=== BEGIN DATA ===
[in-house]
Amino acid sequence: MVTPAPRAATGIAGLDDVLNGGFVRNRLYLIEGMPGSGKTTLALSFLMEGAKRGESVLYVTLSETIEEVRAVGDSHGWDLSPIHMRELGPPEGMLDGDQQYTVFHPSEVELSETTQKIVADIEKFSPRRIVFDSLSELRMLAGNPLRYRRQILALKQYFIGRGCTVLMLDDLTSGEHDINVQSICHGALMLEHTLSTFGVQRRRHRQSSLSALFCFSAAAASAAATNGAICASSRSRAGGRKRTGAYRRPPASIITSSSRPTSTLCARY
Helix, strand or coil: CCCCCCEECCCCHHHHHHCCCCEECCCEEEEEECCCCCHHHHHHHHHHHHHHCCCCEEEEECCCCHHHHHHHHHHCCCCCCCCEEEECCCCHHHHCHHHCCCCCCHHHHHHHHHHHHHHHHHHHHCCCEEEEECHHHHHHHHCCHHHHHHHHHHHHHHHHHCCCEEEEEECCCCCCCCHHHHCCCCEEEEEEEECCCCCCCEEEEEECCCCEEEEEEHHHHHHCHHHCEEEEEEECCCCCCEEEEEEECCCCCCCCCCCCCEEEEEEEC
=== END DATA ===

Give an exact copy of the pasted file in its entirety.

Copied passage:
[in-house]
Amino acid sequence: MVTPAPRAATGIAGLDDVLNGGFVRNRLYLIEGMPGSGKTTLALSFLMEGAKRGESVLYVTLSETIEEVRAVGDSHGWDLSPIHMRELGPPEGMLDGDQQYTVFHPSEVELSETTQKIVADIEKFSPRRIVFDSLSELRMLAGNPLRYRRQILALKQYFIGRGCTVLMLDDLTSGEHDINVQSICHGALMLEHTLSTFGVQRRRHRQSSLSALFCFSAAAASAAATNGAICASSRSRAGGRKRTGAYRRPPASIITSSSRPTSTLCARY
Helix, strand or coil: CCCCCCEECCCCHHHHHHCCCCEECCCEEEEEECCCCCHHHHHHHHHHHHHHCCCCEEEEECCCCHHHHHHHHHHCCCCCCCCEEEECCCCHHHHCHHHCCCCCCHHHHHHHHHHHHHHHHHHHHCCCEEEEECHHHHHHHHCCHHHHHHHHHHHHHHHHHCCCEEEEEECCCCCCCCHHHHCCCCEEEEEEEECCCCCCCEEEEEECCCCEEEEEEHHHHHHCHHHCEEEEEEECCCCCCEEEEEEECCCCCCCCCCCCCEEEEEEEC